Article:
PN Member Joost Lagendijk Reflects on Court Decision about the Netherland's Liability for 300 Srebrenica Deaths

Joost Lagendijk
July 18, 2014

PN Member Joost Lagendijk reflect's on the ruling of The Hague's district court last week saying that the Dutch state was liable for the deaths of 300 men who were killed at the hands of Serbian forces led by general Ratko Mladic. These 300 men had sought refuge at a compound controlled by the Dutchbat (the name of the Dutch UN force) in the nearby village of Potocari. When Serbian troops overran Srebrenica, the men were ordered to leave Potocari.

Read the full artcile on the website of Today's Zaman.

With Israel bombing and invading the Gaza Strip and Ukrainian pro-Russian rebels taking down a plane, it was easy last week to overlook another, much smaller piece of news. Let me explain why it would be a mistake not to register and interpret a decision taken by a district court in the Netherlands last Wednesday.

The court in The Hague ruled that the Dutch government is liable for the deaths of around 300 victims of the 1995 Srebrenica genocide in Bosnia.

In July 1995, a lightly armed Dutch battalion that had been deployed to protect the town of Srebrenica, which had been designated a safe haven by the United Nations, was forced to surrender to the much larger Bosnian Serb army commanded by Ratko Mladic. Under pressure from Mladic's troops, the Dutch peacekeepers forced thousands of Bosnian Muslims who had sought refuge in the Dutch compound out of their base. Most were women and children who were transported to other parts of Bosnia. But 300 men and boys were taken by the Bosnian Serbs and later killed. The court ruled that the peacekeeping team, known as Dutchbat, shared responsibility for the deaths of the 300 men and boys. The force “should have taken into account the possibility that these men would be the victims of genocide. Had Dutchbat allowed them to stay in the compound, these men would have remained alive.” The court also said the Netherlands was not liable for the deaths of the around 8,000 other men and boys who had fled into the forests around Srebrenica, where most of them were killed and buried in mass graves.

Wednesday's ruling is the latest in a long series of dramatic events concerning the Dutch responsibility for what is considered Europe's worst massacre since World War II. In 2002, the then-government resigned following a report by an independent Dutch institution that blamed the Dutch authorities and the UN for sending ill-equipped troops without a strong mandate to prevent the slaughter. Last year, the Dutch Supreme Court found the Netherlands responsible for the deaths of three Bosnian Muslim men who had been wrongfully ordered to leave the compound during the massacres. Last Wednesday's ruling basically extends the Supreme Court's reasoning to include all Bosnian men and boys that could have been saved by the Dutch peacekeepers.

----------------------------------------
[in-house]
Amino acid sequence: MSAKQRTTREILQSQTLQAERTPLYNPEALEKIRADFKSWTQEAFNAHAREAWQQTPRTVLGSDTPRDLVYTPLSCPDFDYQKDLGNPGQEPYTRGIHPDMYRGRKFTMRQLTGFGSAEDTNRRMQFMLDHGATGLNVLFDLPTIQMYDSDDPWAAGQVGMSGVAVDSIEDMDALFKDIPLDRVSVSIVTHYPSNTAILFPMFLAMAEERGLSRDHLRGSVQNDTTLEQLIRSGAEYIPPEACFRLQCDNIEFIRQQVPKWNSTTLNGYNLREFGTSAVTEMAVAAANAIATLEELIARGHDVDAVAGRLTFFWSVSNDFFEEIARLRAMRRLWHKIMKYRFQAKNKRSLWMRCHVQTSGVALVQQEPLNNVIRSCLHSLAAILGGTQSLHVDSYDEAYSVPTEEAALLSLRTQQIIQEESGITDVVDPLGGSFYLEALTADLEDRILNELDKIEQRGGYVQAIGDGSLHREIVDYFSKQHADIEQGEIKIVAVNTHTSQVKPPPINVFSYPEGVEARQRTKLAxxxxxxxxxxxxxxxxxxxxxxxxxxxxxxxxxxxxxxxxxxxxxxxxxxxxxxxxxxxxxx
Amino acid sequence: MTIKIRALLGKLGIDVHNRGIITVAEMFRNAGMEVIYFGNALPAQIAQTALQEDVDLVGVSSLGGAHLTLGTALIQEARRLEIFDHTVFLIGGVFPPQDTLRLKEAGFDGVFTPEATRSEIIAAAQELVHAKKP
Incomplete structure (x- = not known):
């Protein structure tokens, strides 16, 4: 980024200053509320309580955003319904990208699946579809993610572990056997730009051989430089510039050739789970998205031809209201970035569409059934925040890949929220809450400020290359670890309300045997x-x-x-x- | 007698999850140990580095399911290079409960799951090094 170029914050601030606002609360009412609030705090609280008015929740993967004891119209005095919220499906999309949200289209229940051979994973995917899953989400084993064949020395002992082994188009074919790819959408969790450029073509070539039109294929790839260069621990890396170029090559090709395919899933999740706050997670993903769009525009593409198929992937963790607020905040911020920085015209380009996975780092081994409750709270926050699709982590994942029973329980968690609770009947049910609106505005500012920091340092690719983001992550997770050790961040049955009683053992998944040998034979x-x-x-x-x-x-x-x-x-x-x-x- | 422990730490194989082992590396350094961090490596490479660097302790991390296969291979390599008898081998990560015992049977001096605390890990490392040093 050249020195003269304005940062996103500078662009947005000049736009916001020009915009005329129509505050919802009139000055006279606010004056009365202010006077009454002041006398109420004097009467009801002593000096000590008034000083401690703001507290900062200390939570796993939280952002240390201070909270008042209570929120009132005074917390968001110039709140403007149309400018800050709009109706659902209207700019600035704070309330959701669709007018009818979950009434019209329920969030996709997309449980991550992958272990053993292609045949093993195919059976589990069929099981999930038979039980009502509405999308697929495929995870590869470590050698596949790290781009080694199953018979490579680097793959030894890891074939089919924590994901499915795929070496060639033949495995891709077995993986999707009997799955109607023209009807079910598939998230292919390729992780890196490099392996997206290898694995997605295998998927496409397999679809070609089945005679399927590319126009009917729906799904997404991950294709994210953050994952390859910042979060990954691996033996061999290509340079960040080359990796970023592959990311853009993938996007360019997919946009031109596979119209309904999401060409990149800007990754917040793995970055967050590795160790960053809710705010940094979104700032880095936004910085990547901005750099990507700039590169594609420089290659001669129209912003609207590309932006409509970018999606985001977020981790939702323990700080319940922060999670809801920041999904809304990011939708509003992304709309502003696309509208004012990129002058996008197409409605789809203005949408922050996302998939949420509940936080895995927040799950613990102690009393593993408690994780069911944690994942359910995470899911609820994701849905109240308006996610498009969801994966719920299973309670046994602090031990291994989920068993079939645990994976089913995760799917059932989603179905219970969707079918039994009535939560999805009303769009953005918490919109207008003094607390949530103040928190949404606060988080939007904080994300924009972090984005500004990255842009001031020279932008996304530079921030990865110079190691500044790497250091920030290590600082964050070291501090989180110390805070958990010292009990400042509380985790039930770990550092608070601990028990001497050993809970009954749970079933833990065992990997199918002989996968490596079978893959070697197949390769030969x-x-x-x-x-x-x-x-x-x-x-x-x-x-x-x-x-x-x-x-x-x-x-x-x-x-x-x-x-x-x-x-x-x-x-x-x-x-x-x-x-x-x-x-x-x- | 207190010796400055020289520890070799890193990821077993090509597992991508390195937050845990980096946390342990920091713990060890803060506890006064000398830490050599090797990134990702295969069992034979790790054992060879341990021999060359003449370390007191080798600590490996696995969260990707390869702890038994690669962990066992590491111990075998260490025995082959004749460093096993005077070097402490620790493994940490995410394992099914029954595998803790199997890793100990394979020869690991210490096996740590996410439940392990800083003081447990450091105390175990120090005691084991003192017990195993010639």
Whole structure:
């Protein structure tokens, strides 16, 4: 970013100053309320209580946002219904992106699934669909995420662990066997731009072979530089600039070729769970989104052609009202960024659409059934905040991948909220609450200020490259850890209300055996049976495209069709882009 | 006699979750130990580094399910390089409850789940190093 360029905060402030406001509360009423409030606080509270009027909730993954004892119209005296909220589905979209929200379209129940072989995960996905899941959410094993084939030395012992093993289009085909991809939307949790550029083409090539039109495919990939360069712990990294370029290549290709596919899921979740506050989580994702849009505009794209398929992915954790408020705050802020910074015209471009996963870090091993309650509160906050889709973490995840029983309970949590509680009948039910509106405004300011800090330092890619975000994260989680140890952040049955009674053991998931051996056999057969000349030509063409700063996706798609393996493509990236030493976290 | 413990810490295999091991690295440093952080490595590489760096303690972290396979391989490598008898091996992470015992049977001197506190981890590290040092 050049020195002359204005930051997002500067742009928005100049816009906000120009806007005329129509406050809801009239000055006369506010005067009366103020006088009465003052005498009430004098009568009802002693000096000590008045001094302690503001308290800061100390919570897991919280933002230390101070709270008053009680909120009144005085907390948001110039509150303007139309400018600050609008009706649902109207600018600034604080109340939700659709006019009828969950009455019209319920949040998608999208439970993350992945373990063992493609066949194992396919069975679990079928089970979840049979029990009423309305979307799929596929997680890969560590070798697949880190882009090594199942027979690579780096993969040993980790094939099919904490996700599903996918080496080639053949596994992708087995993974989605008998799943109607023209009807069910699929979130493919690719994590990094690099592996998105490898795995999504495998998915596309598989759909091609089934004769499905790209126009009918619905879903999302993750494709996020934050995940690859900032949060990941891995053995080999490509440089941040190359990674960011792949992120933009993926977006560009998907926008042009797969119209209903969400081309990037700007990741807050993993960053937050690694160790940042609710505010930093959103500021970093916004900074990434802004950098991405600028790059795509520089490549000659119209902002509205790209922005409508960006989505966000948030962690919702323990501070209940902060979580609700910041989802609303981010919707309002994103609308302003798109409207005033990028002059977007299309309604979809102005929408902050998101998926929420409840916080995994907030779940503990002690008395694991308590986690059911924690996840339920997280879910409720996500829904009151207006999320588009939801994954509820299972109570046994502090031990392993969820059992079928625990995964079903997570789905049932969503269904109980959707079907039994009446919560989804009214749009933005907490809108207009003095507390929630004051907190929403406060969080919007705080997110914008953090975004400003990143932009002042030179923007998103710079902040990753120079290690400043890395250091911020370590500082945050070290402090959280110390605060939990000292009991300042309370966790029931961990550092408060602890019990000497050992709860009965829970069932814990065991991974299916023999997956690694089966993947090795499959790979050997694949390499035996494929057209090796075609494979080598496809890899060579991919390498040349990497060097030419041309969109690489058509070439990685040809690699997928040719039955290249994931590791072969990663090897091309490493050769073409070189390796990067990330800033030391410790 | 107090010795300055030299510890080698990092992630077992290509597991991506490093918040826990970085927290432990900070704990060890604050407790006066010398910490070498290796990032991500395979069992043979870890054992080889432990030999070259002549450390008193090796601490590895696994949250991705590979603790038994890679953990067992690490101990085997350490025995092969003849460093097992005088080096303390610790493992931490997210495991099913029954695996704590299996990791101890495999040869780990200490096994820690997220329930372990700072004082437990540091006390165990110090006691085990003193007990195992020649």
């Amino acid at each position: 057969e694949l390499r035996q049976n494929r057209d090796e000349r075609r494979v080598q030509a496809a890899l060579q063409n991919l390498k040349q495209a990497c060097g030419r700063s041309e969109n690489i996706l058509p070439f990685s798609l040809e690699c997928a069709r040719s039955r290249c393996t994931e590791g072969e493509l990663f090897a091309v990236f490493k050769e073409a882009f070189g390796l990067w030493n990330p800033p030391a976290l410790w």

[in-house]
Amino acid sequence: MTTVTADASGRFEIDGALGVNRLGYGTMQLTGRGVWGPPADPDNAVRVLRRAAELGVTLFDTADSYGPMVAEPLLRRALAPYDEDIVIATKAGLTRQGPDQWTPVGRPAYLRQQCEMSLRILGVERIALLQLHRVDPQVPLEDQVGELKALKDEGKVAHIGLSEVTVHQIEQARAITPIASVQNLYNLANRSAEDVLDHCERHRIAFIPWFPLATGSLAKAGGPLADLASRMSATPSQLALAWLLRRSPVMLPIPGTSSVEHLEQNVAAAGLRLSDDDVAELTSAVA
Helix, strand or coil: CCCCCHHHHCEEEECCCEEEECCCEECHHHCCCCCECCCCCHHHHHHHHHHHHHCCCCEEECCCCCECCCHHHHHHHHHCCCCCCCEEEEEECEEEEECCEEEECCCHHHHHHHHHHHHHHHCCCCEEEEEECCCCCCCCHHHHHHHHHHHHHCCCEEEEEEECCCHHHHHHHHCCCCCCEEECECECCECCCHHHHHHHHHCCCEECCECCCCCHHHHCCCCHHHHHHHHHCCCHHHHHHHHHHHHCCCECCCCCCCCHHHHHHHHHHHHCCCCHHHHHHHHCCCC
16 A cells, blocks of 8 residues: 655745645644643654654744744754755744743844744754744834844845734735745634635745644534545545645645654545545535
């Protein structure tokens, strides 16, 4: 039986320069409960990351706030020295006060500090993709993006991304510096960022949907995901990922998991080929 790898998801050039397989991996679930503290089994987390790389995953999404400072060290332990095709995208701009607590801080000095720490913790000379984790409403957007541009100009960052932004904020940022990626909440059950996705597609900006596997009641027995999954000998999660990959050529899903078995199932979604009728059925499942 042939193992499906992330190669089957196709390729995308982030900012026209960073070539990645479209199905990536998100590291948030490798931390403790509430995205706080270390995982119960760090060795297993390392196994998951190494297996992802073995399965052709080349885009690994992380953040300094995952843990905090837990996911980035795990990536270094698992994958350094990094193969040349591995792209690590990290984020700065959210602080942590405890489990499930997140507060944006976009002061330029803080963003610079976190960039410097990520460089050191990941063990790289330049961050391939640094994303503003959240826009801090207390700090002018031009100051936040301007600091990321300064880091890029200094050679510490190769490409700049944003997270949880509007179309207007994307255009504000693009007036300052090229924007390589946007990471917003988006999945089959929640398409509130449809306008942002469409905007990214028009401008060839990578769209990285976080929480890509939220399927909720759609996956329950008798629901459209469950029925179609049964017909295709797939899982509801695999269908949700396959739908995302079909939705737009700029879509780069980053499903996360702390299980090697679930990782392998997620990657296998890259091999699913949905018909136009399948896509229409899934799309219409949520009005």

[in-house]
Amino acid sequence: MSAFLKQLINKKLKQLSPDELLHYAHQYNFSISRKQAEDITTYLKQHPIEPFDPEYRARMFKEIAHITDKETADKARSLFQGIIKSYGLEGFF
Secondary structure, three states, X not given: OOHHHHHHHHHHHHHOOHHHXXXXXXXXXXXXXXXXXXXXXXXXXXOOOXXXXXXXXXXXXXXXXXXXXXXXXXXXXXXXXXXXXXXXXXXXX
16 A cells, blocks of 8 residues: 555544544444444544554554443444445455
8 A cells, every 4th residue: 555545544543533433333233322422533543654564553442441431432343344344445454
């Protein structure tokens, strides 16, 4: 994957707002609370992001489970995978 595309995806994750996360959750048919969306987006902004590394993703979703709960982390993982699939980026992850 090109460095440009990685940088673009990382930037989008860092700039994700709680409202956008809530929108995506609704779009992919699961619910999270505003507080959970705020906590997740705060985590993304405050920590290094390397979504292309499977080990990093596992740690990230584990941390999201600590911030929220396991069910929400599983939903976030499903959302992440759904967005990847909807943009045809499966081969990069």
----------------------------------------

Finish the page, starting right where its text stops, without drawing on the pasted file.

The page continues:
The importance of these rulings goes far beyond keeping alive the Dutch national trauma or giving satisfaction to the families and relatives of the victims, who will be financially compensated by the Netherlands. The Hague ruling confirms there is a growing acceptance that an individual state can be held responsible for the conduct of its international peacekeepers, even if and when these operations are conducted under the flag of the UN. In the past, similar attempts to hold international peacekeepers responsible for human rights violations have been unsuccessful. The main reason is the fact that the UN enjoys “absolute immunity,” a judgment that was confirmed by the ruling of the Dutch Supreme Court in 2013. It follows from an argument explained by Professor Jon Silverman to the BBC: “According to UN rules, when states assign troops to peacekeeping duties, the forces answer solely to the Security Council. And the UN Security Council is not a party to the Geneva Convention and its various protocols.”

With the UN beyond scrutiny, the Dutch Srebrenica judgments have a great legal and symbolic significance. As Dutch international criminal defense lawyer Jozef Rammfelt formulated it: “This ruling sets an important precedent that countries providing troops for UN peacekeeping operations can be held legally responsible for their actions. Other states around the world will have to take note and I imagine they will think twice about their legal liabilities.”

That conclusion perfectly summarizes the ambivalent nature of last week's ruling: It satisfies the legitimate and fully understandable wish of the families of the Srebrenica victims to establish the culpability of all those involved in the death of their loved ones, not only the actual Bosnian Serb murderers. At the same time, this verdict might make it more difficult to find future peacekeepers needed to protect the lives of other victims of brutality and violence.


For more information about the court's decision, see articles by The New York Times and BBC.

PN Member Joost Lagendijk has been Member of the European Parliament from 1999 to 2009. He is now living and working in Turkey as a columnist for the Turkish dailies Zaman and Today's Zaman.

Photo courtesy of nadeen.

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